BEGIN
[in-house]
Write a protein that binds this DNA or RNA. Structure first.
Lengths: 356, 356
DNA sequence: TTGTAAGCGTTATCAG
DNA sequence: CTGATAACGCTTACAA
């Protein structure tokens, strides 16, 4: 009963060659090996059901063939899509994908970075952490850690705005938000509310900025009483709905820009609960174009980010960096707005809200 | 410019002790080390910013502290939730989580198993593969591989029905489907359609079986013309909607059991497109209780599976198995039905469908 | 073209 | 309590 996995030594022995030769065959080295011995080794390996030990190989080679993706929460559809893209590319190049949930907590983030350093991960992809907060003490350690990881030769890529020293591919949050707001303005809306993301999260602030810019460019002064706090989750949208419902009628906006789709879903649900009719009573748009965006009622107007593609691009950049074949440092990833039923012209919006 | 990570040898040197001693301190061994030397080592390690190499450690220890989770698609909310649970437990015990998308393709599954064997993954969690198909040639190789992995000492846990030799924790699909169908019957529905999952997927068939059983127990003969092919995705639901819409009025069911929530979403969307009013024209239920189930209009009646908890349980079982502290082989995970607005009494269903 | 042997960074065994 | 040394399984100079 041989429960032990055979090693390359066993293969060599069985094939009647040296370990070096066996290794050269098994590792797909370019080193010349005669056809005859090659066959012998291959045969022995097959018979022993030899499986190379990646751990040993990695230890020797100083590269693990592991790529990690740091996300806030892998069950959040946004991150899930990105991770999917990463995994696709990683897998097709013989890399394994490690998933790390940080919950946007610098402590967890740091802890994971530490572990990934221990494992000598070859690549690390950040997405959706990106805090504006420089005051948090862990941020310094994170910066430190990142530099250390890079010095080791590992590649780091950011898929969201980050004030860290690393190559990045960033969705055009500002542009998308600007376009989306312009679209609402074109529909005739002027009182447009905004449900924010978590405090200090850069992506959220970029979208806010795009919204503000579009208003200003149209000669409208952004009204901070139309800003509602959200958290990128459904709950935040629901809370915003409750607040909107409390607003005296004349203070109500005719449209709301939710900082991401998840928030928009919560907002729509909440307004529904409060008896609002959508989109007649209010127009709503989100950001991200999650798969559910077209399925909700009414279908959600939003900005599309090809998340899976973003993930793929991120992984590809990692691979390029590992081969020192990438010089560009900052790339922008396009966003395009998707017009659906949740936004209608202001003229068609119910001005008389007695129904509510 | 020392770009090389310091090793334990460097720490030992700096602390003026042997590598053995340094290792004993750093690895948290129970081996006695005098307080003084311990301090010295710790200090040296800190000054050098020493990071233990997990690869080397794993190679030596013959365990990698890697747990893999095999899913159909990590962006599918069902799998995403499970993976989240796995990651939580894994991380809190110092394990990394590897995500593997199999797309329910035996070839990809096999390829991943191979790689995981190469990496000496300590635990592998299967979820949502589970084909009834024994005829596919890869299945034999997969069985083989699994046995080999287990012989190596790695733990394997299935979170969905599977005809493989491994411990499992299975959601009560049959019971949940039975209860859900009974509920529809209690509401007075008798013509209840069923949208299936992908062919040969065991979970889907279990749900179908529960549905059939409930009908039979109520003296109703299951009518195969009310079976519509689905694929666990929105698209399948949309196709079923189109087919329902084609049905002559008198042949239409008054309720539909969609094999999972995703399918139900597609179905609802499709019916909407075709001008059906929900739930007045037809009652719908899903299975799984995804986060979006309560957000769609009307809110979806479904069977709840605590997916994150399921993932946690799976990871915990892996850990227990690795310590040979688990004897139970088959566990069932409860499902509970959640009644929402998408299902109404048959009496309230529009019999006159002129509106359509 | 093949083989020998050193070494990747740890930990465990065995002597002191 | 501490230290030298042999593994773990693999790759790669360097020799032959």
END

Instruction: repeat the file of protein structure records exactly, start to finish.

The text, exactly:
[in-house]
Write a protein that binds this DNA or RNA. Structure first.
Lengths: 356, 356
DNA sequence: TTGTAAGCGTTATCAG
DNA sequence: CTGATAACGCTTACAA
């Protein structure tokens, strides 16, 4: 009963060659090996059901063939899509994908970075952490850690705005938000509310900025009483709905820009609960174009980010960096707005809200 | 410019002790080390910013502290939730989580198993593969591989029905489907359609079986013309909607059991497109209780599976198995039905469908 | 073209 | 309590 996995030594022995030769065959080295011995080794390996030990190989080679993706929460559809893209590319190049949930907590983030350093991960992809907060003490350690990881030769890529020293591919949050707001303005809306993301999260602030810019460019002064706090989750949208419902009628906006789709879903649900009719009573748009965006009622107007593609691009950049074949440092990833039923012209919006 | 990570040898040197001693301190061994030397080592390690190499450690220890989770698609909310649970437990015990998308393709599954064997993954969690198909040639190789992995000492846990030799924790699909169908019957529905999952997927068939059983127990003969092919995705639901819409009025069911929530979403969307009013024209239920189930209009009646908890349980079982502290082989995970607005009494269903 | 042997960074065994 | 040394399984100079 041989429960032990055979090693390359066993293969060599069985094939009647040296370990070096066996290794050269098994590792797909370019080193010349005669056809005859090659066959012998291959045969022995097959018979022993030899499986190379990646751990040993990695230890020797100083590269693990592991790529990690740091996300806030892998069950959040946004991150899930990105991770999917990463995994696709990683897998097709013989890399394994490690998933790390940080919950946007610098402590967890740091802890994971530490572990990934221990494992000598070859690549690390950040997405959706990106805090504006420089005051948090862990941020310094994170910066430190990142530099250390890079010095080791590992590649780091950011898929969201980050004030860290690393190559990045960033969705055009500002542009998308600007376009989306312009679209609402074109529909005739002027009182447009905004449900924010978590405090200090850069992506959220970029979208806010795009919204503000579009208003200003149209000669409208952004009204901070139309800003509602959200958290990128459904709950935040629901809370915003409750607040909107409390607003005296004349203070109500005719449209709301939710900082991401998840928030928009919560907002729509909440307004529904409060008896609002959508989109007649209010127009709503989100950001991200999650798969559910077209399925909700009414279908959600939003900005599309090809998340899976973003993930793929991120992984590809990692691979390029590992081969020192990438010089560009900052790339922008396009966003395009998707017009659906949740936004209608202001003229068609119910001005008389007695129904509510 | 020392770009090389310091090793334990460097720490030992700096602390003026042997590598053995340094290792004993750093690895948290129970081996006695005098307080003084311990301090010295710790200090040296800190000054050098020493990071233990997990690869080397794993190679030596013959365990990698890697747990893999095999899913159909990590962006599918069902799998995403499970993976989240796995990651939580894994991380809190110092394990990394590897995500593997199999797309329910035996070839990809096999390829991943191979790689995981190469990496000496300590635990592998299967979820949502589970084909009834024994005829596919890869299945034999997969069985083989699994046995080999287990012989190596790695733990394997299935979170969905599977005809493989491994411990499992299975959601009560049959019971949940039975209860859900009974509920529809209690509401007075008798013509209840069923949208299936992908062919040969065991979970889907279990749900179908529960549905059939409930009908039979109520003296109703299951009518195969009310079976519509689905694929666990929105698209399948949309196709079923189109087919329902084609049905002559008198042949239409008054309720539909969609094999999972995703399918139900597609179905609802499709019916909407075709001008059906929900739930007045037809009652719908899903299975799984995804986060979006309560957000769609009307809110979806479904069977709840605590997916994150399921993932946690799976990871915990892996850990227990690795310590040979688990004897139970088959566990069932409860499902509970959640009644929402998408299902109404048959009496309230529009019999006159002129509106359509 | 093949083989020998050193070494990747740890930990465990065995002597002191 | 501490230290030298042999593994773990693999790759790669360097020799032959």